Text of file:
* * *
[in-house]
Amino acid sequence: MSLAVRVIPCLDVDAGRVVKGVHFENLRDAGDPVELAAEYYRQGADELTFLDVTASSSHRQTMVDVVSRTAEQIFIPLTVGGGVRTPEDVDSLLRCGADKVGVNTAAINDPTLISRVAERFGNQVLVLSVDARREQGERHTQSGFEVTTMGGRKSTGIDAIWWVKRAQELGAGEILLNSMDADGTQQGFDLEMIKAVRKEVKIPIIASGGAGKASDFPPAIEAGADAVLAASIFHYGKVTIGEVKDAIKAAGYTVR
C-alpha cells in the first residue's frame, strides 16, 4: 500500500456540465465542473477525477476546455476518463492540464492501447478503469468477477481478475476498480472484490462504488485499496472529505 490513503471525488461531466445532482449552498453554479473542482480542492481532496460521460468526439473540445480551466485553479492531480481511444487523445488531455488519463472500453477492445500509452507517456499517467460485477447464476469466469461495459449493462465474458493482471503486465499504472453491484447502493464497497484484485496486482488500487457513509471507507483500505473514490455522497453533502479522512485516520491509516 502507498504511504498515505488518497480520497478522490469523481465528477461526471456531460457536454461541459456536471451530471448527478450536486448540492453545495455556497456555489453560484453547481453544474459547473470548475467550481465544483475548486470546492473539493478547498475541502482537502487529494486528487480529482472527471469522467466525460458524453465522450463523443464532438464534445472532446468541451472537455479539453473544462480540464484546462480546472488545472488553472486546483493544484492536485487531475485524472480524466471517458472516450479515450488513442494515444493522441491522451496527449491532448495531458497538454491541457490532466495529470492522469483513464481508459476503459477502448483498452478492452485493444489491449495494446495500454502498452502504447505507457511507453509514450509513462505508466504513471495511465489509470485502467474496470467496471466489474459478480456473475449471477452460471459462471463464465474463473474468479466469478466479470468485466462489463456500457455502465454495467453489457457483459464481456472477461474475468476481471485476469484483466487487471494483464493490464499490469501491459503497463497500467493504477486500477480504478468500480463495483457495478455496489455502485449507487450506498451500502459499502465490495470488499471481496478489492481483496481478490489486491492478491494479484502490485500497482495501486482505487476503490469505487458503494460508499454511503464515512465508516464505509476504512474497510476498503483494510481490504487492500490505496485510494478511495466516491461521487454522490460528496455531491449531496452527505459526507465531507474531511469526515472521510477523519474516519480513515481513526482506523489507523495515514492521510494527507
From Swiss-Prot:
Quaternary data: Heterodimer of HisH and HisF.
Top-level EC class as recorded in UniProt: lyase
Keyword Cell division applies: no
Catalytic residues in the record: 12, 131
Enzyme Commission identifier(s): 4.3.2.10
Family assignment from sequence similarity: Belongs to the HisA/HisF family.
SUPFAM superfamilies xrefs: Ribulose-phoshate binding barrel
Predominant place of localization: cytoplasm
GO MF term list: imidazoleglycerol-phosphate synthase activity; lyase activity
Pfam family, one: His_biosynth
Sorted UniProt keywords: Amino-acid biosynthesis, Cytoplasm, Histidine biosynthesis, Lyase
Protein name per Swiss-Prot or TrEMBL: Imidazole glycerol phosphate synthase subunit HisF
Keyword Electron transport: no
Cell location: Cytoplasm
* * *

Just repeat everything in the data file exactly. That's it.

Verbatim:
[in-house]
Amino acid sequence: MSLAVRVIPCLDVDAGRVVKGVHFENLRDAGDPVELAAEYYRQGADELTFLDVTASSSHRQTMVDVVSRTAEQIFIPLTVGGGVRTPEDVDSLLRCGADKVGVNTAAINDPTLISRVAERFGNQVLVLSVDARREQGERHTQSGFEVTTMGGRKSTGIDAIWWVKRAQELGAGEILLNSMDADGTQQGFDLEMIKAVRKEVKIPIIASGGAGKASDFPPAIEAGADAVLAASIFHYGKVTIGEVKDAIKAAGYTVR
C-alpha cells in the first residue's frame, strides 16, 4: 500500500456540465465542473477525477476546455476518463492540464492501447478503469468477477481478475476498480472484490462504488485499496472529505 490513503471525488461531466445532482449552498453554479473542482480542492481532496460521460468526439473540445480551466485553479492531480481511444487523445488531455488519463472500453477492445500509452507517456499517467460485477447464476469466469461495459449493462465474458493482471503486465499504472453491484447502493464497497484484485496486482488500487457513509471507507483500505473514490455522497453533502479522512485516520491509516 502507498504511504498515505488518497480520497478522490469523481465528477461526471456531460457536454461541459456536471451530471448527478450536486448540492453545495455556497456555489453560484453547481453544474459547473470548475467550481465544483475548486470546492473539493478547498475541502482537502487529494486528487480529482472527471469522467466525460458524453465522450463523443464532438464534445472532446468541451472537455479539453473544462480540464484546462480546472488545472488553472486546483493544484492536485487531475485524472480524466471517458472516450479515450488513442494515444493522441491522451496527449491532448495531458497538454491541457490532466495529470492522469483513464481508459476503459477502448483498452478492452485493444489491449495494446495500454502498452502504447505507457511507453509514450509513462505508466504513471495511465489509470485502467474496470467496471466489474459478480456473475449471477452460471459462471463464465474463473474468479466469478466479470468485466462489463456500457455502465454495467453489457457483459464481456472477461474475468476481471485476469484483466487487471494483464493490464499490469501491459503497463497500467493504477486500477480504478468500480463495483457495478455496489455502485449507487450506498451500502459499502465490495470488499471481496478489492481483496481478490489486491492478491494479484502490485500497482495501486482505487476503490469505487458503494460508499454511503464515512465508516464505509476504512474497510476498503483494510481490504487492500490505496485510494478511495466516491461521487454522490460528496455531491449531496452527505459526507465531507474531511469526515472521510477523519474516519480513515481513526482506523489507523495515514492521510494527507
From Swiss-Prot:
Quaternary data: Heterodimer of HisH and HisF.
Top-level EC class as recorded in UniProt: lyase
Keyword Cell division applies: no
Catalytic residues in the record: 12, 131
Enzyme Commission identifier(s): 4.3.2.10
Family assignment from sequence similarity: Belongs to the HisA/HisF family.
SUPFAM superfamilies xrefs: Ribulose-phoshate binding barrel
Predominant place of localization: cytoplasm
GO MF term list: imidazoleglycerol-phosphate synthase activity; lyase activity
Pfam family, one: His_biosynth
Sorted UniProt keywords: Amino-acid biosynthesis, Cytoplasm, Histidine biosynthesis, Lyase
Protein name per Swiss-Prot or TrEMBL: Imidazole glycerol phosphate synthase subunit HisF
Keyword Electron transport: no
Cell location: Cytoplasm